3. Are there SBA regulations that have become outdated and, if so, how can they be modernized to better accomplish their regulatory objectives?
  4. Are there SBA regulations that are still necessary, but which have not operated as well as expected such that a modified approach is justified, and what is that approach?
  5. Are there SBA regulations or regulatory processes that are unnecessarily complicated or could be streamlined to achieve regulatory objectives more efficiently?
  6. Are there any technological developments that can be leveraged to modify, streamline, or repeal any existing SBA regulatory requirements?
  7. Are there any SBA regulations that are not tailored to impose the least burden on the public?
  8. How can SBA best obtain and consider accurate, objective data about the costs, burdens, and benefits of existing SBA regulations?
  9. Are there any specific suggestions of ways SBA can better achieve its regulatory objectives?
In submitting comments, and responding to these questions, SBA asks the public to keep the following in mind: “One of SBA’s primary objectives in carrying out these efforts is to continue to promote economic growth, innovation, and job creation in the small business sector, and to ensure that disaster survivors have the clear policy and procedural guidance they need to quickly obtain financial assistance to rebuild their lives.”  
 
We would like to hear your views and we encourage all interested parties to submit comments.  Comments are due to SBA by October 16, 2017. If you would like our assistance preparing comments, or if you would like to share your views, please contact John Shoraka, Megan Connor, or Katie Flood at ajshoraka@pilieromazza.com, mconnor@pilieromazza.com, or kflood@pilieromazza.com
 

Client Alert - Overview of Select Provisions on the SBA's Final Rule of Limitations on Subcontracting

June 10, 2016
On May 31, 2016, SBA released its long anticipated final rule on the limitations on subcontracting. The final rule becomes...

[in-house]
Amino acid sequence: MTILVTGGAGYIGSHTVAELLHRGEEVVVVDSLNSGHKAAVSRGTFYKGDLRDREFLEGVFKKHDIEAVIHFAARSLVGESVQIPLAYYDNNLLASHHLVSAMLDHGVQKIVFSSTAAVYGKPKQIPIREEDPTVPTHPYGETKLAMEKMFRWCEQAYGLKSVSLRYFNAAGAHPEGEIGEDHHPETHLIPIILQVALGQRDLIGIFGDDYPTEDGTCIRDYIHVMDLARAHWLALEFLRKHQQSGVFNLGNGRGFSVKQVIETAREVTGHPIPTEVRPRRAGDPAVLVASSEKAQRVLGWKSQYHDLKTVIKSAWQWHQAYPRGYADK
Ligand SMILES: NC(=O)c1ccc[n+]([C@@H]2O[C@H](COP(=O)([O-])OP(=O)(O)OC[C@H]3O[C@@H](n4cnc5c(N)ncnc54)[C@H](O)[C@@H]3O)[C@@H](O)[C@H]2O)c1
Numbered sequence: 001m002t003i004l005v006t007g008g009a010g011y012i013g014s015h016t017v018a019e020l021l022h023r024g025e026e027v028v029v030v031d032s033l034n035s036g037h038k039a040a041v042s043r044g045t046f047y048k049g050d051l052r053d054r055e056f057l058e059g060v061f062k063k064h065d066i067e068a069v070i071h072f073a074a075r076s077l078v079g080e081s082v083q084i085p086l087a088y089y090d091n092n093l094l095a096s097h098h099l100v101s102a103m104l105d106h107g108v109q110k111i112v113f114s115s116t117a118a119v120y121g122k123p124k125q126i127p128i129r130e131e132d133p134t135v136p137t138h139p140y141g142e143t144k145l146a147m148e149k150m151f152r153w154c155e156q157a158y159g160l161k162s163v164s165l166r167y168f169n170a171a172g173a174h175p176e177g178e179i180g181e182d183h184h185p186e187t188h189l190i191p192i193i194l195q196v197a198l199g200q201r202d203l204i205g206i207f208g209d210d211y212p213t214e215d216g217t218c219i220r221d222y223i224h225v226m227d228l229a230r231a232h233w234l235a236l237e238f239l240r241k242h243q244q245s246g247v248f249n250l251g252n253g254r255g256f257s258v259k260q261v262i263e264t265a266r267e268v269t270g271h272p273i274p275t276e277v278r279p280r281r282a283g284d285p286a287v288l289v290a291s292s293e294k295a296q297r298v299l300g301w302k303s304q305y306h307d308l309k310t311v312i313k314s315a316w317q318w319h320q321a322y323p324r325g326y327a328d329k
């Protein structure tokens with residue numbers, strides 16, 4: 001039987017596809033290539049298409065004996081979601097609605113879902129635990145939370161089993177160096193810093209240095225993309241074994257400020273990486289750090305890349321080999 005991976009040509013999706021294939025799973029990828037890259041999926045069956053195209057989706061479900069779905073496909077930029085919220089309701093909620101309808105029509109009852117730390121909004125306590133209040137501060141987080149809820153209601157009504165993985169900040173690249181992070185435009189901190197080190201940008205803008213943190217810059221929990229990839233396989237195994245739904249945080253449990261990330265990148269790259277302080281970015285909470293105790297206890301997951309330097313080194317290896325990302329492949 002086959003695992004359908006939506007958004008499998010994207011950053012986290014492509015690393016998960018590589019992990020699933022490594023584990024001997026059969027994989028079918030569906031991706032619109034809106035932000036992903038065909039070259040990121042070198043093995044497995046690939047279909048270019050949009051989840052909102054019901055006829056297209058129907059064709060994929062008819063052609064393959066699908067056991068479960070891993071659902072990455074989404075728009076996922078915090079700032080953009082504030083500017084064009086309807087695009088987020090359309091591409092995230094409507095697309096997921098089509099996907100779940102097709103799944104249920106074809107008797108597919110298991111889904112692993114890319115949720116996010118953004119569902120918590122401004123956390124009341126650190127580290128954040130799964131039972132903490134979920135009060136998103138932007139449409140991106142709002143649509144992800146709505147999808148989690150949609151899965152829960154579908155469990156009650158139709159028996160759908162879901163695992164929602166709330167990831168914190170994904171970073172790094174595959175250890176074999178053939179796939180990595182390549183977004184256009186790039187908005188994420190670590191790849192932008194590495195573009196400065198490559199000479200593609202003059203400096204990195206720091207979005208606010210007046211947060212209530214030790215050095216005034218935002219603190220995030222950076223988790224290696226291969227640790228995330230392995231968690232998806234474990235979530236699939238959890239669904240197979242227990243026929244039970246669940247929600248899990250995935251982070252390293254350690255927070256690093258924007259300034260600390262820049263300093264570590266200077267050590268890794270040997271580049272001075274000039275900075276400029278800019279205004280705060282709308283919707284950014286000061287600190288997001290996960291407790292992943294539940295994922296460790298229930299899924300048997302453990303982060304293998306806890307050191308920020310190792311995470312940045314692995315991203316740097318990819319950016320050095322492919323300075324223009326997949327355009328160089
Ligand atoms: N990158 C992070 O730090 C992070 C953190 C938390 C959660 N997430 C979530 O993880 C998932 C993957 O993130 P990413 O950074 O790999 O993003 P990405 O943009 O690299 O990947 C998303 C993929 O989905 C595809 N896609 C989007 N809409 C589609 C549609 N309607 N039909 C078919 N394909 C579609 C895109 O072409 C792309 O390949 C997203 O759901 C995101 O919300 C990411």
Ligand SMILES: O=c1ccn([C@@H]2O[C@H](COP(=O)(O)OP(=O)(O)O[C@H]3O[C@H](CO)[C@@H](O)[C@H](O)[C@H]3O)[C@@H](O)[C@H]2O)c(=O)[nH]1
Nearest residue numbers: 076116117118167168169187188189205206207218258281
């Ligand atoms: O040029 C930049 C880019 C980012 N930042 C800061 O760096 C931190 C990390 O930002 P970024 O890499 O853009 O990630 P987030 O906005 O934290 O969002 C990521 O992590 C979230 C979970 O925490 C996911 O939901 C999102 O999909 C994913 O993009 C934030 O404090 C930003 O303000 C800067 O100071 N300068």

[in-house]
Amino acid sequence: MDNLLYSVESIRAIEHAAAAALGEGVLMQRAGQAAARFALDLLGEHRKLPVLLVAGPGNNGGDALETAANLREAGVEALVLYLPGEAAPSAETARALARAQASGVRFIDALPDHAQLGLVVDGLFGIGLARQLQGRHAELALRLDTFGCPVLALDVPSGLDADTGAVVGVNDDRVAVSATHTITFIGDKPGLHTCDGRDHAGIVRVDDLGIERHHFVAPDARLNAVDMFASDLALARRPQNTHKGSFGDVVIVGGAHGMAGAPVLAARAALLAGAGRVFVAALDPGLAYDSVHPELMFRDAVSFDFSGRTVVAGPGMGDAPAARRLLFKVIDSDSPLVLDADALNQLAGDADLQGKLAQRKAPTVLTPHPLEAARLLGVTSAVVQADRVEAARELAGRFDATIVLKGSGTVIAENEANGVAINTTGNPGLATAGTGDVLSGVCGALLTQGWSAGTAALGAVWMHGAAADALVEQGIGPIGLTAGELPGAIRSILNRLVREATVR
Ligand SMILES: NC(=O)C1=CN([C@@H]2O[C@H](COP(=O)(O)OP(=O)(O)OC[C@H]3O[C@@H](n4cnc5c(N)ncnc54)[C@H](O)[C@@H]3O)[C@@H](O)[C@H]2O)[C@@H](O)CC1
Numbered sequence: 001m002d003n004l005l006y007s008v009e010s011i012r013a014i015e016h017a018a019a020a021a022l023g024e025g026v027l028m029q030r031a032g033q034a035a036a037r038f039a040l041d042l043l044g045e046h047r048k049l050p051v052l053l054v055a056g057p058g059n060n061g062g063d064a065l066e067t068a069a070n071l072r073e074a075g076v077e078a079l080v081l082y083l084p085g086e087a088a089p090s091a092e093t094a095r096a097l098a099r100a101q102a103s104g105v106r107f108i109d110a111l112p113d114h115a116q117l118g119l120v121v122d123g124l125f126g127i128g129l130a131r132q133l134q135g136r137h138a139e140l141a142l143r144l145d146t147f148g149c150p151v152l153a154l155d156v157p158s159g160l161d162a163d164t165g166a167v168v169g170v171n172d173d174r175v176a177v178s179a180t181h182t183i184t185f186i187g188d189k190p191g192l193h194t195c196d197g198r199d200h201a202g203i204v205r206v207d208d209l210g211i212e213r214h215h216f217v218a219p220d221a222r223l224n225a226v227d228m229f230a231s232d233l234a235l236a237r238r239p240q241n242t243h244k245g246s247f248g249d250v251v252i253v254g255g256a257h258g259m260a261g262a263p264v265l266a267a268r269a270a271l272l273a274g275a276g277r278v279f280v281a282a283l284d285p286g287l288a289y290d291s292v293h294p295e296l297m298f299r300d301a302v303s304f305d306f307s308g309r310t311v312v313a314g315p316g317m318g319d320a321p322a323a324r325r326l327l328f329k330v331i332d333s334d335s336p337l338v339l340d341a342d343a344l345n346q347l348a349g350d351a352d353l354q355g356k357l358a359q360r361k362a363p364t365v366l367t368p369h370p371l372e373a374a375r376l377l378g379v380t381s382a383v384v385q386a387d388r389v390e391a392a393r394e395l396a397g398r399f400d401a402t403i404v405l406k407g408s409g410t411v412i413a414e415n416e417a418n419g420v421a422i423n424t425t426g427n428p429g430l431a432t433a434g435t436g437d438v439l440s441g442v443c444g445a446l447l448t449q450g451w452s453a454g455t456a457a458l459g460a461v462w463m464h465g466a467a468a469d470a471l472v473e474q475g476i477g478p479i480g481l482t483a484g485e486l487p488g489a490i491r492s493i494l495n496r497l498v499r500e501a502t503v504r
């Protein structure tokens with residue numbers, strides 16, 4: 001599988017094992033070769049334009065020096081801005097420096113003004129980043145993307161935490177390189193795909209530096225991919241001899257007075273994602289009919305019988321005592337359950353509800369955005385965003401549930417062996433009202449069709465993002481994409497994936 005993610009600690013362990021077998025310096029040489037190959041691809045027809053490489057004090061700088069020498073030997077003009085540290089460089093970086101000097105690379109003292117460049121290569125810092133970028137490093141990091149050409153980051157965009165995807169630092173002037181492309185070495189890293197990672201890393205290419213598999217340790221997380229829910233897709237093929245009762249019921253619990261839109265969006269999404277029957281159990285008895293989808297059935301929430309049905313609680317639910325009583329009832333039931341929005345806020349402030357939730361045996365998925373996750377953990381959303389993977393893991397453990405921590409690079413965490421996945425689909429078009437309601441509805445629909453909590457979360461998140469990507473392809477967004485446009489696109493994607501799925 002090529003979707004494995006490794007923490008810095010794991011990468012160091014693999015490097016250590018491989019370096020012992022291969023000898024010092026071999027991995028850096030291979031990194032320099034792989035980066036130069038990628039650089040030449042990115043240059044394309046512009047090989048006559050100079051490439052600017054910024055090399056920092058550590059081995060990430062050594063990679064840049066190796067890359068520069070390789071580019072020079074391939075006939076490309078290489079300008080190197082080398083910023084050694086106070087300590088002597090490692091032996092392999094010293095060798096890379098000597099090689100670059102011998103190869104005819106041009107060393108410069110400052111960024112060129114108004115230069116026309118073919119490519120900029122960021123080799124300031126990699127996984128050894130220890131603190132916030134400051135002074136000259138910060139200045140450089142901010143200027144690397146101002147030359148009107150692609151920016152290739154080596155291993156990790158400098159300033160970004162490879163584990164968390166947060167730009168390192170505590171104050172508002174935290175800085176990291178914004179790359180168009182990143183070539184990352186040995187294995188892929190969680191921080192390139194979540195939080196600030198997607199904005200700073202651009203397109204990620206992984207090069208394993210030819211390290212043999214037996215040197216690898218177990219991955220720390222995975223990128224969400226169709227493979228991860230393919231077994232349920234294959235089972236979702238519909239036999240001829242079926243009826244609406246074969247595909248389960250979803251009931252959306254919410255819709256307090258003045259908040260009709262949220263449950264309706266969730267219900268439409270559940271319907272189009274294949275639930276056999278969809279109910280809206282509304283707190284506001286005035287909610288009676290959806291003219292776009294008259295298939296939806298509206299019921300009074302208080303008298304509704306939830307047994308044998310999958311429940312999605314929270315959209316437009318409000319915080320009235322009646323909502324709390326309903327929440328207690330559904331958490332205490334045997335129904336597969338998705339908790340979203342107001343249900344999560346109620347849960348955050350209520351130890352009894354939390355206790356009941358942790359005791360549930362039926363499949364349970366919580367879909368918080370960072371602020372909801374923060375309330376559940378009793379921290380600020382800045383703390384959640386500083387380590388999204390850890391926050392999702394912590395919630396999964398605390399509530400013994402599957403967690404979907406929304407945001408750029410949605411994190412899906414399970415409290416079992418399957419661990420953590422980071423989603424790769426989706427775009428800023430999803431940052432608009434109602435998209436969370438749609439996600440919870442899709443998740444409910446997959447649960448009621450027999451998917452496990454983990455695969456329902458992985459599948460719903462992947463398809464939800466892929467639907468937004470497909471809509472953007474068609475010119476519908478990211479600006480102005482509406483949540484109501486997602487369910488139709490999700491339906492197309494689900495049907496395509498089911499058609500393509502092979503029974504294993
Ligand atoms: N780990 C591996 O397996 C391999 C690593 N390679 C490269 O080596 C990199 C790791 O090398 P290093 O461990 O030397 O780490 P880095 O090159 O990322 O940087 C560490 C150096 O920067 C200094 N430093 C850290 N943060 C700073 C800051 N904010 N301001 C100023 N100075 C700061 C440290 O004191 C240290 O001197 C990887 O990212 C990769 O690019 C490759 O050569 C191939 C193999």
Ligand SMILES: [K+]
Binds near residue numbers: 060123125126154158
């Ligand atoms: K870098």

Comments on Proposed Rule Regarding Small Business Subcontracting Improvements

August 7, 2015
After the recent small business subcontracting plan changes were implemented by the U.S. Small Business Administration (“SBA”) in its final rule at 78 Fed. Reg. 42391, dated July 16, 2013, many of our clients have asked us how the SBA’s new rules should be interpreted in light of the existing FAR small business subcontracting requirements. We believe that the FAR Councils are taking the right steps to harmonize the SBA’s requirements with the obligations the FAR imposes. However, we believe that there are several aspects of the proposed rule that could be amended to provide greater clarity and less burdensome outcomes for contractors administering subcontracting plans, particularly contractors that maintain commercial plans.

Analysis of the Fair Pay and Safe Workplaces Proposed Rule

July 2, 2015
On May 28, 2015, the Defense Department, General Services Administration and National Aeronautics and Space Administration announced the Federal Acquisition Regulatory Council’s proposed rule to implement Executive Order 13673 “Fair Pay and Safe Workplaces” (EO), dated July 31, 2014. Together with the proposed Federal Acquisition Regulation (FAR), the Department of Labor (DOL) published proposed guidance (collectively, “Proposed Rules”), defining many terms set forth in the EO and beginning to establish a framework of expectations. PilieroMazza addressed the requirements of the EO and identified prospective concerns in its Legal Advisor article "The Impact of the Fair Pay and Safe Workplaces Executive Order on Contract Procurement." While some of questions about the EO and its implementation have been answered in the Proposed FAR and DOL regulations, many of the concerns still remain. The deadline to submit comments has been extended to August 11, 2015.